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September 7, 2006

In the News

The Town Dandy
Say what?

Short Stor

Who bit Wrigley?
Dunno, but it sure wasn't a recluse or a hobo

story & photo by HEIDI WALTERS

CAUTION: This story is about spiders. And a severely annoyed scientist. If you, or anyone in your family (like, for instance, Mom) has an extreme phobia of spiders (or annoyed scientists), DO NOT READ THIS.


OK. Our tale begins in the idyllic, tidy, beautifully landscaped Eureka backyard of Wrigley the blond pit bull terrier, where, on a recent waning summer afternoon, the sun shone and butterflies danced and Wrigley lounged at the feet of her male person, Rick Werner. Werner was talking about her, and she knew it. Her head drooped and her golden eyes -- woeful, watchful -- occasionally glanced sideways at the listening reporter. Maybe she even knew what he was talking about: the terrible day something bit her and she swelled up and almost died.

"It was June 17 -- the official day -- and she was out in the backyard," Werner, a sunny though skeptical fellow, recalled. "She was probably outside 15 or 20 minutes by herself -- she's an inside dog, primarily -- and then she came in limping. And she had a previous injury, so I thought it had gotten worse. She jumped up on the couch, and that's where she stayed till the next morning. She was in pain, she was panting, she was unhappy."

The next morning Werner took her to the vet. The vet said it wasn't the old leg injury; maybe she'd cracked a rib playing too hard.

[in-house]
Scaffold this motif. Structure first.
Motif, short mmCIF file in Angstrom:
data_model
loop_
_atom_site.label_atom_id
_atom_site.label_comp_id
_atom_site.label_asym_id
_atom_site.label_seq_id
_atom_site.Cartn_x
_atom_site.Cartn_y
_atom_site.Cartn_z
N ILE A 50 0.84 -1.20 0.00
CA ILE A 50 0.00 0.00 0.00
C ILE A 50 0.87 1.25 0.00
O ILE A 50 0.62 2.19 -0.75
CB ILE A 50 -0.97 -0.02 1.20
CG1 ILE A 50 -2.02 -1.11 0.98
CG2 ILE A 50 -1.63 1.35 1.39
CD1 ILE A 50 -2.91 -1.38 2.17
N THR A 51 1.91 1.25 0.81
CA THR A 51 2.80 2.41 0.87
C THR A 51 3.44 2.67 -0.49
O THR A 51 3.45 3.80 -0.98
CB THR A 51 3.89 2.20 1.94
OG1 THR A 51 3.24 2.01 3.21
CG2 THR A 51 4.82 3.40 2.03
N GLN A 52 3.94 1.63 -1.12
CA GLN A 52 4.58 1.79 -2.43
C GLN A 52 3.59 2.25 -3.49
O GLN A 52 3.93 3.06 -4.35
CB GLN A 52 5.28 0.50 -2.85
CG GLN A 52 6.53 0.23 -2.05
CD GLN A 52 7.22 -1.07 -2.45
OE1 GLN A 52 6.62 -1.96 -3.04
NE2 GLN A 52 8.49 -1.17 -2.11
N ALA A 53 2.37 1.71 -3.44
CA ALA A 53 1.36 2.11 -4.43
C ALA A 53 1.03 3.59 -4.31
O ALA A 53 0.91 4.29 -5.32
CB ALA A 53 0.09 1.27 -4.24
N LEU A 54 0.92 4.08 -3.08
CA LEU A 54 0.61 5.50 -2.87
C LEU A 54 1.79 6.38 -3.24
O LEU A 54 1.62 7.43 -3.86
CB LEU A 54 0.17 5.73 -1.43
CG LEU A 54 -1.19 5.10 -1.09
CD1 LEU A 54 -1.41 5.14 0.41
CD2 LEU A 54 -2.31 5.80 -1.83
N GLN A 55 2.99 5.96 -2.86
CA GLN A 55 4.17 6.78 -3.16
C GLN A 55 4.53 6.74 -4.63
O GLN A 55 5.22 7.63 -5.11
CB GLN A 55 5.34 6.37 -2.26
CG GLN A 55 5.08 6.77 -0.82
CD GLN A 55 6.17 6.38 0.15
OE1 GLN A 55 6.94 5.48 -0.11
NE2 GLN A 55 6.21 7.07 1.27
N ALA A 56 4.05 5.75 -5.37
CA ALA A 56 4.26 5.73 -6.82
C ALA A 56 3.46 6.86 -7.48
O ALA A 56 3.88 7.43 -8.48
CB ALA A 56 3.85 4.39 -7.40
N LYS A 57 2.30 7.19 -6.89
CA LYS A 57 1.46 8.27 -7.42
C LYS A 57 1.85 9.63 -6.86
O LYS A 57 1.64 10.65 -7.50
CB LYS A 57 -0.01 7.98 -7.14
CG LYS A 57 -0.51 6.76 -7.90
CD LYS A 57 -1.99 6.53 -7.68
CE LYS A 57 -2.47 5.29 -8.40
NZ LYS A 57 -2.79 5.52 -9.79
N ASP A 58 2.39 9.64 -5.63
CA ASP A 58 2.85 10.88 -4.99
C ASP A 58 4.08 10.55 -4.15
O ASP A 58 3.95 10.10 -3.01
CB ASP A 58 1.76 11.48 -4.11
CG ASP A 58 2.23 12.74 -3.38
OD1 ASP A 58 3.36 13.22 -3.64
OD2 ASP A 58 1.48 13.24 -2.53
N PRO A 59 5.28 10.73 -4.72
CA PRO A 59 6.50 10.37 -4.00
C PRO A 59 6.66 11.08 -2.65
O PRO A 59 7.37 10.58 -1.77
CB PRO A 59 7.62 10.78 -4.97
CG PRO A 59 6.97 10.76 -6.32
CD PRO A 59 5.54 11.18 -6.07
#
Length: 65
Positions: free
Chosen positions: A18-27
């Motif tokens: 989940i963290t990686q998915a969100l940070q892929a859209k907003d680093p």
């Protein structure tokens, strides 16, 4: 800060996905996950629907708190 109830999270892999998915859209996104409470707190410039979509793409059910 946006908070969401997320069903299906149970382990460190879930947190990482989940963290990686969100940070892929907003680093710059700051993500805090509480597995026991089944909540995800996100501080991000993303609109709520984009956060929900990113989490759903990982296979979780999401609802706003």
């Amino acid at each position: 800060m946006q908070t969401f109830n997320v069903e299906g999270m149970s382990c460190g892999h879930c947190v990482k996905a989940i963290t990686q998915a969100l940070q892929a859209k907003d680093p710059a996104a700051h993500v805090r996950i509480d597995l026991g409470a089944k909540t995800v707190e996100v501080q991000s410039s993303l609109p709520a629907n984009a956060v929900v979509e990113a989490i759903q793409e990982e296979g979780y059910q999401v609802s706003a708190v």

A butterfly wove through the air over Wrigley's head as Werner talked. She lifted her head, ears perked up. Then she drooped again.

Left: Rick Werner lifts Wrigley to show off her wound.

"That night, she swelled up," Werner said. "It was just horrible, sacks of fluid just hanging from her sides, and her neck and chest swelled -- horrible, horrible." And she itched.

On the second visit, the vet shaved Wrigley's tender side and identified what appeared to be a puncture wound. "Oh, I hope it's not a brown recluse bite," the vet told Werner. And Werner replied, "Oh, no, there are no brown recluse spiders here." In fact, the next day, Werner -- who for years has been telling his friends that there are no brown recluse spiders in California -- brought the vet some articles on brown recluse spiders written by one of the country's premier arachnologists, UC-Riverside researcher Rick Vetter. Vetter's research attacks the myths that surround the range of brown recluse spiders.

In any case, the vet determined Wrigley had been envenomated by something, and he treated her accordingly. The swelling went down. But, meanwhile, Wrigley's wound, which turned out to be on her belly, became necrotic. The flesh around it died and blackened. "I was freaking out," Werner said. "I'm doubting my own info, thinking this is my punishment for telling friends there's no brown recluses here."